The saying goes that "diamonds are a girls best friend". If that's true, any girl who like diamonds or precious stones in general needs to be at the Fuller Craft Museum in Brockton, MA (near Boston) as they present Atelier Janiyé and the Legacy of Master Jeweler Miyé Matsukata.
Normally I try to whet your appetite for the exhibit being featured. But this time, words alone just won't do it justice. To compensate, read the press release and marvel at the art you will experience during the exhibition starting January 22, 2011 and running thru July 24, 2011:
Fuller Craft brings together for the first time a retrospective selection of Matsukata’s work alongside the work of her colleagues Nancy Wills Michel, Alexandra Solowij Watkins, and Yoshiko Yamamoto. These artists are known for combining precious and semi-precious stones along with found objects and antiques with high karat multi-textured gold; in life Matsukata contributed to changing the profile and reception of one-of-a-kind art jewelry and the jeweler as artist.
Matsukata was at the vanguard of studio jewelers who, responding to the abstract expressionism of the period, began constructing painterly jewelry, composing abstract compositions in gold, semi-precious, and precious stones. Matsukata is best known for her use of fine gold and a liberal use of stones and other objects. Her travels in Egypt and Greece resulted in the collection and incorporation of Egyptian faience into her compositions, expanding to include a variety of ancient artifacts from Chinese coins to Mayan figurines.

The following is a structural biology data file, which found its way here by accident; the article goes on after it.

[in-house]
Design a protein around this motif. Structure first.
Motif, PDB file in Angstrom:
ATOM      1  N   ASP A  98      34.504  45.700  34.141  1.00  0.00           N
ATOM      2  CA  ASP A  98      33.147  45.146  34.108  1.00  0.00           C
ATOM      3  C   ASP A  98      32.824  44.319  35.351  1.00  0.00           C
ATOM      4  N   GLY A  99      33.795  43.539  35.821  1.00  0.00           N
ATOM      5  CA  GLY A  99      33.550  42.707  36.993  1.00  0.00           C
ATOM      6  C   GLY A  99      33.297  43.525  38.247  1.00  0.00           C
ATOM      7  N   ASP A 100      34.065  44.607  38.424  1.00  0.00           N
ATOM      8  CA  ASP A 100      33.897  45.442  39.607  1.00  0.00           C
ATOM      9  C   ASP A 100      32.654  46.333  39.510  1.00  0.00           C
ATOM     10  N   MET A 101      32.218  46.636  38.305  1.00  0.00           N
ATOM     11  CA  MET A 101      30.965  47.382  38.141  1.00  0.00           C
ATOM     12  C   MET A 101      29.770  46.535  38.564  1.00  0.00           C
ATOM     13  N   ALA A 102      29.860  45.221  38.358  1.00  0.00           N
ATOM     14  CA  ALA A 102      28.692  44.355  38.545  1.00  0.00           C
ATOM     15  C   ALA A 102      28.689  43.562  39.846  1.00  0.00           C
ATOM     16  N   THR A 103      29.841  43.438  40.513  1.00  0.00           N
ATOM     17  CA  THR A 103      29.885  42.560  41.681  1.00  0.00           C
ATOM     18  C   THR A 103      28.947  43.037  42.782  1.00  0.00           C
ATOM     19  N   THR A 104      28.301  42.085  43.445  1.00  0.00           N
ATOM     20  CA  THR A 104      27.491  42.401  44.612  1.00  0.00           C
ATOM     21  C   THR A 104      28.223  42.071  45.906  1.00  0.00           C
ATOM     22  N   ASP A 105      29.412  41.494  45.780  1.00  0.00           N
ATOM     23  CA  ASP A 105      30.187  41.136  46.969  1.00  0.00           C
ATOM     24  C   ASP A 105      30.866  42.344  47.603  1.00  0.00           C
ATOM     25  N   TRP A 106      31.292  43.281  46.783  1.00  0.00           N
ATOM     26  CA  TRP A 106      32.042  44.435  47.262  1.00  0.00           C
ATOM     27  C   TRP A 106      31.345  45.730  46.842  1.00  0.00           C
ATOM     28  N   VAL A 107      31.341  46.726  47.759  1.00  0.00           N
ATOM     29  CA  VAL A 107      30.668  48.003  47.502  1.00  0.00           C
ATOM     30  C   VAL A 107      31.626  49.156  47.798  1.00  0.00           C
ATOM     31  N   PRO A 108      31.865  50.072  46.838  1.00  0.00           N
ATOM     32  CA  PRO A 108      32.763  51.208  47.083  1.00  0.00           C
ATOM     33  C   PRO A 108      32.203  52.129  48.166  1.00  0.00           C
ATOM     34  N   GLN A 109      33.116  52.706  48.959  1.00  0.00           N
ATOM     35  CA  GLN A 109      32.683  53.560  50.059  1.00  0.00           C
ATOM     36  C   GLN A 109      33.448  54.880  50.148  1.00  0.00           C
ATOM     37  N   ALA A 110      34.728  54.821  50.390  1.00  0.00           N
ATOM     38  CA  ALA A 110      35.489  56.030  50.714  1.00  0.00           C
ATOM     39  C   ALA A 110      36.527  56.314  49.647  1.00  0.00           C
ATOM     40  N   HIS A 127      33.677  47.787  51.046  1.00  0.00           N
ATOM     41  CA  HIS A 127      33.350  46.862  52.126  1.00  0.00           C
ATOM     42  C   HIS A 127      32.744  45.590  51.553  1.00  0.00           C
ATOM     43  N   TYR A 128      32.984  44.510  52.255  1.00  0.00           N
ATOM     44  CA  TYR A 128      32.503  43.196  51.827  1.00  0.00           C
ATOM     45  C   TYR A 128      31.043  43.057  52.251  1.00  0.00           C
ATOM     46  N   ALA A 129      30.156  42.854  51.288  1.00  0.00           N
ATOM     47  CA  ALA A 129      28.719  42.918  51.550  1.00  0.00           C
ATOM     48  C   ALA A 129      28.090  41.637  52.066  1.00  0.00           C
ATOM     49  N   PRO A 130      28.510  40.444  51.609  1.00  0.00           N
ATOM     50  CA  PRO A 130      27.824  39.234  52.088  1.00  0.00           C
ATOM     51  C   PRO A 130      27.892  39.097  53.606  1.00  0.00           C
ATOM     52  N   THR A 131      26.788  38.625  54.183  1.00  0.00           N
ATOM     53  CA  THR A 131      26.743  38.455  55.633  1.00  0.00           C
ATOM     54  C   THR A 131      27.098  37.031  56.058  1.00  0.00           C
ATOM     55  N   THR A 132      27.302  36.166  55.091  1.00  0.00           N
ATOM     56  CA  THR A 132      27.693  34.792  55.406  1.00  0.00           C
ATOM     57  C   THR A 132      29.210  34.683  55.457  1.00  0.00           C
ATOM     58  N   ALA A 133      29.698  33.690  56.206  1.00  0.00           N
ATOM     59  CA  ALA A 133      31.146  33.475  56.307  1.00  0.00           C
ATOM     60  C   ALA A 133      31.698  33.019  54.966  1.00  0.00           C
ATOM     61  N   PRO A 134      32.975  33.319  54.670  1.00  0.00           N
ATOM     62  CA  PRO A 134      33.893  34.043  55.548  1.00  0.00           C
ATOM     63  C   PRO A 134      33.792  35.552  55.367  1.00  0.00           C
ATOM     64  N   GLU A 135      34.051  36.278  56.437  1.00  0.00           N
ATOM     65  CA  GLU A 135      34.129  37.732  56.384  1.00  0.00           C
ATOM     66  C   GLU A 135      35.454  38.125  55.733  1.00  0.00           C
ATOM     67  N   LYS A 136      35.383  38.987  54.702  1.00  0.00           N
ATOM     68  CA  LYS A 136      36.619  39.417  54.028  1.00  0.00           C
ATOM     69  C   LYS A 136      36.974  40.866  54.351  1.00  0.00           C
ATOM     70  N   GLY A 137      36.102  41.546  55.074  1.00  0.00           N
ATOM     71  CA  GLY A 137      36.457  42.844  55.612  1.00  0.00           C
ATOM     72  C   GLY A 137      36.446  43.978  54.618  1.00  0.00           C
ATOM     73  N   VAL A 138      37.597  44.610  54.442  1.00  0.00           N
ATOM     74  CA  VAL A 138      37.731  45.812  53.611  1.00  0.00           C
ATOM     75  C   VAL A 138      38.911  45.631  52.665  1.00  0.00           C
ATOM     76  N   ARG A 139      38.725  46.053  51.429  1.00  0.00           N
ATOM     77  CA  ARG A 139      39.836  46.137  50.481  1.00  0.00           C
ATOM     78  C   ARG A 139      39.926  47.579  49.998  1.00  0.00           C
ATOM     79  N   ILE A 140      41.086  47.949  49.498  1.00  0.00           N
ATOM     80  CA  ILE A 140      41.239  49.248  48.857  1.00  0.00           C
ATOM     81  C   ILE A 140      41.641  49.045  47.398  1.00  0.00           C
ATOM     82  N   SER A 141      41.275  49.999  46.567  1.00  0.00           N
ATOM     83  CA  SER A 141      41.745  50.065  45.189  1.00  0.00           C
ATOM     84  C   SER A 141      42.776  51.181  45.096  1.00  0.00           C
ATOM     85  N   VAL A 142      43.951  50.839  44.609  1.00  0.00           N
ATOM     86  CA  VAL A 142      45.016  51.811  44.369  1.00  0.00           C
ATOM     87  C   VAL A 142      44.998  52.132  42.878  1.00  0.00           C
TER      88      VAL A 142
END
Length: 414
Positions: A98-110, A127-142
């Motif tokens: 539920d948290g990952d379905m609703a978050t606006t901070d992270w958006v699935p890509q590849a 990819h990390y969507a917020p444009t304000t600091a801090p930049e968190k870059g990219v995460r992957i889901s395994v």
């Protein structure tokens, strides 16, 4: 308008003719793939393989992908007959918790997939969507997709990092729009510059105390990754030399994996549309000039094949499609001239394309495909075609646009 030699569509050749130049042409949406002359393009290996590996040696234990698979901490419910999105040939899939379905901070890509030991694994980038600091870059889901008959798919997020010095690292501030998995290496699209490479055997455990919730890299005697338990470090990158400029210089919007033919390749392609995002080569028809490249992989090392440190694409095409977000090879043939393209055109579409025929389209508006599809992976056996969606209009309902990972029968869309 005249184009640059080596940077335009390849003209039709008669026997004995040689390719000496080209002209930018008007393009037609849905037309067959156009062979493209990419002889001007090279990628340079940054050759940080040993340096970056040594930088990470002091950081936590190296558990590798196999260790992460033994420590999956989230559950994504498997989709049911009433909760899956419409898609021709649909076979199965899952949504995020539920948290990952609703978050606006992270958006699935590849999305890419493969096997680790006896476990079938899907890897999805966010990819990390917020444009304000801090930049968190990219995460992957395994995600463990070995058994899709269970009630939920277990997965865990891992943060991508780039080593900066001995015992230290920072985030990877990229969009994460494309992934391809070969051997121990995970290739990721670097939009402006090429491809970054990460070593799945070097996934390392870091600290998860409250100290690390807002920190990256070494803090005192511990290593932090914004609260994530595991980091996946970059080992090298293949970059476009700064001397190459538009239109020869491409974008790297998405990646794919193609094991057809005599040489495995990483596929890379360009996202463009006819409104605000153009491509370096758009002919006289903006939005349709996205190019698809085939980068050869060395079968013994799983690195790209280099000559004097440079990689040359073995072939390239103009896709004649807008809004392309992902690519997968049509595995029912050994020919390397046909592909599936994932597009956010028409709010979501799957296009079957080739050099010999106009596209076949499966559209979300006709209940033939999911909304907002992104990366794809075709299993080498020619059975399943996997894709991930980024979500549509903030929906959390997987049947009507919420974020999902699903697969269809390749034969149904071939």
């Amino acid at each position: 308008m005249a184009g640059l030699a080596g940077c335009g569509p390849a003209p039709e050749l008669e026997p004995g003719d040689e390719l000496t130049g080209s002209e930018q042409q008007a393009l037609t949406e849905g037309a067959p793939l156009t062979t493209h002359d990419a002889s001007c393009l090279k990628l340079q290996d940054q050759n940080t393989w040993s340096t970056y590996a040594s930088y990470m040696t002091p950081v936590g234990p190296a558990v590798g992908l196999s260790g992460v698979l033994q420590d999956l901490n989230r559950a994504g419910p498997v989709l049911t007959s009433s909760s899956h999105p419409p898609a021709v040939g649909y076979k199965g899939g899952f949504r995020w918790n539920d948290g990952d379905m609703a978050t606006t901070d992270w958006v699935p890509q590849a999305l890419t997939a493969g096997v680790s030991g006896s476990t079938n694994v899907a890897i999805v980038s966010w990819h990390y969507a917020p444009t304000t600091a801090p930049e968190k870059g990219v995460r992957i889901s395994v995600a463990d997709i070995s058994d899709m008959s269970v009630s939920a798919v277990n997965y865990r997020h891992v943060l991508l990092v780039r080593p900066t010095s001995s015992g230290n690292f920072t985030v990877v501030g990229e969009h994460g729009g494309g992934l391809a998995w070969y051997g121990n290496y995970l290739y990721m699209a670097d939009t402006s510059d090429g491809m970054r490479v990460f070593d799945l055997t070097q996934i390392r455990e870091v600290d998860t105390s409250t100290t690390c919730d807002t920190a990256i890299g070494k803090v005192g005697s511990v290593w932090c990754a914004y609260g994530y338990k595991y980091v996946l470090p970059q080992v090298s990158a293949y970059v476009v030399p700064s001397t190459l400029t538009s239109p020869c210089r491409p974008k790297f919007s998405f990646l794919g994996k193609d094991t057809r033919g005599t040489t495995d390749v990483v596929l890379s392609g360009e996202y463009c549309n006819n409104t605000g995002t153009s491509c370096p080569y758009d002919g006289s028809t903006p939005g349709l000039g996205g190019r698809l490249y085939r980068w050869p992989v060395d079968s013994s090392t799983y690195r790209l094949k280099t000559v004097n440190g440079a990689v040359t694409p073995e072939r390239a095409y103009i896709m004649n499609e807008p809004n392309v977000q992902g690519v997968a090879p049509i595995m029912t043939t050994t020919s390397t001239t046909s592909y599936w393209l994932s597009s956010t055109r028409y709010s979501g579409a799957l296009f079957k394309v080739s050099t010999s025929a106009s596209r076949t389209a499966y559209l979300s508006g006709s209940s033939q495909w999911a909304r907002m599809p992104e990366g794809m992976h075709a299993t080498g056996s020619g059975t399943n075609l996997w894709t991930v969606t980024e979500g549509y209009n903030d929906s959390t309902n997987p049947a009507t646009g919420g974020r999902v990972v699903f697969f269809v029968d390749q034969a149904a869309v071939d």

Matsukata is known for a degree of informality towards her use of precious materials. Diamonds and rubies, often provided by clients, were given no more emphasis than beach glass or tourmaline, and each was subservient to the expressive and open compositions of her forms.
You know you want to see this. The public reception is on Feb. 27, 2011, 2—5 p.m. at the Museum. The reception is free for members and free with museum admission for all others. For more information, including directions, open your Museums In Boston app, select List Art and choose Fuller Craft Museum. Simply touch the phone number to call Fuller Craft or touch the address for instant navigation via Google Navigation.